Willis K. Samson
Ph.D. Physiology, University of Texas Southwestern Medical School 1979
Pharmacological & Physiological Science
Academic Rank: Professor
Phone: 314-977-8677 Fax: 314-977-8670
Lab Web Page Links:
Primary Area of Cardiovascular Research Interest
-Neuropeptides and the control of cardiovascular function and stress hormone secretion
Related Areas of Cardiovascular Research Interest
-Discovery of novel peptide hormones and characterization of their cognate receptors in cardiovascular and autonomic tissues
Summary of Cardiovascular Research Interest
We study the roles played by vasoactive peptides in the co-ordinated regulation of cardiovascular homeostasis. Cardiovascular homeostasis (health) is maintained by hormonal and neuronal mechanisms all integrated to assure adequate cardiac function. This requires communication among numerous tissues (e.g. blood vessels, kidneys, adrenal glands, brain and the heart itself) and it has become clear that these organ systems are not only interconnected via nerves, but also that a blood borne system of messengers (i.e. hormones) acts to also co-ordinate their function. These hormones are actually small proteins that are produced in many tissues, most notably the blood vessels themselves, the heart and even the brain where they function as neurotransmitters.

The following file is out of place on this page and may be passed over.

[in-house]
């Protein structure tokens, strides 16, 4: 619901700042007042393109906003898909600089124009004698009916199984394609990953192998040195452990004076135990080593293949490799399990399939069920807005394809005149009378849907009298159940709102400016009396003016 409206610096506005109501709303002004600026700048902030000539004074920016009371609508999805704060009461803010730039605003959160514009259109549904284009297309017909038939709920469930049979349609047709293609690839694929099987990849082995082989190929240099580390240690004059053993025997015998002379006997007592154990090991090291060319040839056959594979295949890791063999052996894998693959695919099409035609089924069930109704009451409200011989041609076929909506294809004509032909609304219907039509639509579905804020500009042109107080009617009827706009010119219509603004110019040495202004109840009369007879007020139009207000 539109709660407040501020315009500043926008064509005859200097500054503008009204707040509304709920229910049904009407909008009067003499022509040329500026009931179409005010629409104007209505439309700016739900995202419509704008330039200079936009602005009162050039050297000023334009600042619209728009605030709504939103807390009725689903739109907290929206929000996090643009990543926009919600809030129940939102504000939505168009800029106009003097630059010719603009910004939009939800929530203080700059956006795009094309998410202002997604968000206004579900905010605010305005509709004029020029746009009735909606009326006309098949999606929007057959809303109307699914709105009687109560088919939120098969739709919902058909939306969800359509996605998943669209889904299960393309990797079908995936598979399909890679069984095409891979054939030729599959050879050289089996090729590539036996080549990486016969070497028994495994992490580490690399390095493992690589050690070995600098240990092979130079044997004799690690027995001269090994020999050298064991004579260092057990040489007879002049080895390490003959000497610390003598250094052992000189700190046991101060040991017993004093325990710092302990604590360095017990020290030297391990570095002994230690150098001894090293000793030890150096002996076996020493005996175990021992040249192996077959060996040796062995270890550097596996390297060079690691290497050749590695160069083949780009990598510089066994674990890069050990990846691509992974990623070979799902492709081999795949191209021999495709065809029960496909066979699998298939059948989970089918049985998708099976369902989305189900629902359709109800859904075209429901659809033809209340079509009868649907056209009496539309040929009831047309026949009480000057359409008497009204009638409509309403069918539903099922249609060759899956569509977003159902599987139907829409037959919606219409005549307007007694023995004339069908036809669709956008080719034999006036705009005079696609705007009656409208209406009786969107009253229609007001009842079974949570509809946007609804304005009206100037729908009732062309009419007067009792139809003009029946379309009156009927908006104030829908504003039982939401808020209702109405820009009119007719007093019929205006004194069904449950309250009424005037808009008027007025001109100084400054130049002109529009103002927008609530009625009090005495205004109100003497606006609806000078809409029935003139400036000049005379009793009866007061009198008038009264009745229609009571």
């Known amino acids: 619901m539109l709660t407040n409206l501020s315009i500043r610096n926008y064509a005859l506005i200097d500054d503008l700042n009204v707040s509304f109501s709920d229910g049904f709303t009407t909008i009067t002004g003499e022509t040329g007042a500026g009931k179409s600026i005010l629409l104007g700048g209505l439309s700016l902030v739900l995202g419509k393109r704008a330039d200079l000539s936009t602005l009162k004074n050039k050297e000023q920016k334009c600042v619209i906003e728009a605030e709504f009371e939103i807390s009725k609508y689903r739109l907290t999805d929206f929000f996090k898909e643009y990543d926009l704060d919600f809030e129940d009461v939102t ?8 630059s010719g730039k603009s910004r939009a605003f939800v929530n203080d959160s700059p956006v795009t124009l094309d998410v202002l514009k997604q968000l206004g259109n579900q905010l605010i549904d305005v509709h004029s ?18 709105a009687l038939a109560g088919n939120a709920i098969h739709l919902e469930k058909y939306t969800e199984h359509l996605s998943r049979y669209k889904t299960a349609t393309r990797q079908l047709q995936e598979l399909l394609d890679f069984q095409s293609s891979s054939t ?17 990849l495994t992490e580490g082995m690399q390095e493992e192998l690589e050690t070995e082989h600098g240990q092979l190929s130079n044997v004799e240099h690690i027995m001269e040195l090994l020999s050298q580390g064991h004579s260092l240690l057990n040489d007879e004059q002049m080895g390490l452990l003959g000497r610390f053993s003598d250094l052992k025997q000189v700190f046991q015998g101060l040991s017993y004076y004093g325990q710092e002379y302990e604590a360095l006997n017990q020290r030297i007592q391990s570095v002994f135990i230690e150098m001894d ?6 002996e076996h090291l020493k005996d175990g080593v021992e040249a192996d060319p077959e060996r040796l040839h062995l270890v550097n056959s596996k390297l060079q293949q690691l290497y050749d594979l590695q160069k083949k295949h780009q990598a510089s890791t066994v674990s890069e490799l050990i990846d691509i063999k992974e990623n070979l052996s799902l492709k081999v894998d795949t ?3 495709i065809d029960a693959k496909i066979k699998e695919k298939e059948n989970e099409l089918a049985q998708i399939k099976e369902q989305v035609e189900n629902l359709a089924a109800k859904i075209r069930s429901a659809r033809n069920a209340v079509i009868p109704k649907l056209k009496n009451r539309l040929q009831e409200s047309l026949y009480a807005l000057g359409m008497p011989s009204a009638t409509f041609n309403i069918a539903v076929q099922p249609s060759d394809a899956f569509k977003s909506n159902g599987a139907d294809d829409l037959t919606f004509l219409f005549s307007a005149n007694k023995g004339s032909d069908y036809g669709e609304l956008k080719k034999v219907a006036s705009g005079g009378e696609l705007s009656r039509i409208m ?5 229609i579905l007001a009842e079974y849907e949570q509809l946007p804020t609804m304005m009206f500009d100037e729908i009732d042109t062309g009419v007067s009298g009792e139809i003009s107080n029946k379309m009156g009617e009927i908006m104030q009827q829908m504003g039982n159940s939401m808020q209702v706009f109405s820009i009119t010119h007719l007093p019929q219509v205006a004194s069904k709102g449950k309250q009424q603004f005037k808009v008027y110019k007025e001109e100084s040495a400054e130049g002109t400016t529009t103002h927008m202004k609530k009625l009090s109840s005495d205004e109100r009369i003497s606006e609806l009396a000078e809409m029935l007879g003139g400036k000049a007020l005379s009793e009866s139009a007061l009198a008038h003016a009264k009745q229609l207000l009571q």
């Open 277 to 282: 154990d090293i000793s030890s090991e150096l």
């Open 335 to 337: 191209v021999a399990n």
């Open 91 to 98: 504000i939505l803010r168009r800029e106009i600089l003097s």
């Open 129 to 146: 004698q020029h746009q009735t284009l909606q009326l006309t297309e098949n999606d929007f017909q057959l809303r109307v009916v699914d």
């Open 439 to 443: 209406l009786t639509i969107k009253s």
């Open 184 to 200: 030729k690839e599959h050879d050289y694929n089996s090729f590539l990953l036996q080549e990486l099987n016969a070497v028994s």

Our particular focus is how these vasoactive peptides act in brain (as neurotransmitters) and in the anterior pituitary gland (controlling the release of classical hormones) so that cardiovascular and renal function is maintained. In particular we are interested in how our bodies regulate fluid and electrolyte intake and excretion. Volume status and plasma osmolality are factors that can seriously compromise cardiac function. We study how these small peptides act in brain to control salt and water intake and how they modify autonomic nervous system function (which then controls blood pressure). Currently we are studying the actions of three classes of known peptides in brain and pituitary gland: the adrenomedullins, the hypocretins/orexins, and the recently described prolactin releasing peptides. We are also characterizing two recently discovered peptide hormones, nesfatin (discovered by M. Mori) and neuronostatin (discovered by our lab) in terms of their CNS and direct cardiac actions to control circulatory function. What these peptides have in common is the ability to alter cardiac performance by actions in brain. We study those actions of these peptides in vivo and in tissue culture system in vitro, employing both classical pharmacologic approaches and more modern molecular technologies. Our long term goals are to understand the relevance of the actions of these peptides in brain and heart and to establish the potential for their use in clinical settings.